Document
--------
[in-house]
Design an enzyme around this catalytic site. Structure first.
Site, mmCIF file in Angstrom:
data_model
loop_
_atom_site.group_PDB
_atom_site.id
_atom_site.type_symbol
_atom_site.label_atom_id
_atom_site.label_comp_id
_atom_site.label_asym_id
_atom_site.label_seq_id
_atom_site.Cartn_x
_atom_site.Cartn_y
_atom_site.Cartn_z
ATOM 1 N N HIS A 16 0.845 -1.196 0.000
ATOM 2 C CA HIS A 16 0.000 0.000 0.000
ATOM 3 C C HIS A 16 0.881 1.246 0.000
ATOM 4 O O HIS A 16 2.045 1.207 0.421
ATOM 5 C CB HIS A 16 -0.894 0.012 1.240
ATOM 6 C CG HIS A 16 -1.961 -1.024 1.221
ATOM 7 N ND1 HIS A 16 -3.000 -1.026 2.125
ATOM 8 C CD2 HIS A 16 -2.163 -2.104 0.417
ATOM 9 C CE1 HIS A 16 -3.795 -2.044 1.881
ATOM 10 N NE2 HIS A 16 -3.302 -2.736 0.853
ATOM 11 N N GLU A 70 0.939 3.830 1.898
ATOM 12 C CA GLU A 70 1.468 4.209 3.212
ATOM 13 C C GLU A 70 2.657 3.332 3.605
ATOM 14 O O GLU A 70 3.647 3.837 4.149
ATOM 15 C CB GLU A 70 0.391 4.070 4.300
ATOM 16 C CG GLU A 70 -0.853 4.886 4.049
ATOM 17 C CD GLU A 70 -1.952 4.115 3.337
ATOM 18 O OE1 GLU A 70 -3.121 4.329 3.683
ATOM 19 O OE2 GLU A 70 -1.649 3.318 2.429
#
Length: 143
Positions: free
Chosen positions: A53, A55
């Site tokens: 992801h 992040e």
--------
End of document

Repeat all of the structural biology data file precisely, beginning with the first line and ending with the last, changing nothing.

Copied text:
[in-house]
Design an enzyme around this catalytic site. Structure first.
Site, mmCIF file in Angstrom:
data_model
loop_
_atom_site.group_PDB
_atom_site.id
_atom_site.type_symbol
_atom_site.label_atom_id
_atom_site.label_comp_id
_atom_site.label_asym_id
_atom_site.label_seq_id
_atom_site.Cartn_x
_atom_site.Cartn_y
_atom_site.Cartn_z
ATOM 1 N N HIS A 16 0.845 -1.196 0.000
ATOM 2 C CA HIS A 16 0.000 0.000 0.000
ATOM 3 C C HIS A 16 0.881 1.246 0.000
ATOM 4 O O HIS A 16 2.045 1.207 0.421
ATOM 5 C CB HIS A 16 -0.894 0.012 1.240
ATOM 6 C CG HIS A 16 -1.961 -1.024 1.221
ATOM 7 N ND1 HIS A 16 -3.000 -1.026 2.125
ATOM 8 C CD2 HIS A 16 -2.163 -2.104 0.417
ATOM 9 C CE1 HIS A 16 -3.795 -2.044 1.881
ATOM 10 N NE2 HIS A 16 -3.302 -2.736 0.853
ATOM 11 N N GLU A 70 0.939 3.830 1.898
ATOM 12 C CA GLU A 70 1.468 4.209 3.212
ATOM 13 C C GLU A 70 2.657 3.332 3.605
ATOM 14 O O GLU A 70 3.647 3.837 4.149
ATOM 15 C CB GLU A 70 0.391 4.070 4.300
ATOM 16 C CG GLU A 70 -0.853 4.886 4.049
ATOM 17 C CD GLU A 70 -1.952 4.115 3.337
ATOM 18 O OE1 GLU A 70 -3.121 4.329 3.683
ATOM 19 O OE2 GLU A 70 -1.649 3.318 2.429
#
Length: 143
Positions: free
Chosen positions: A53, A55
């Site tokens: 992801h 992040e």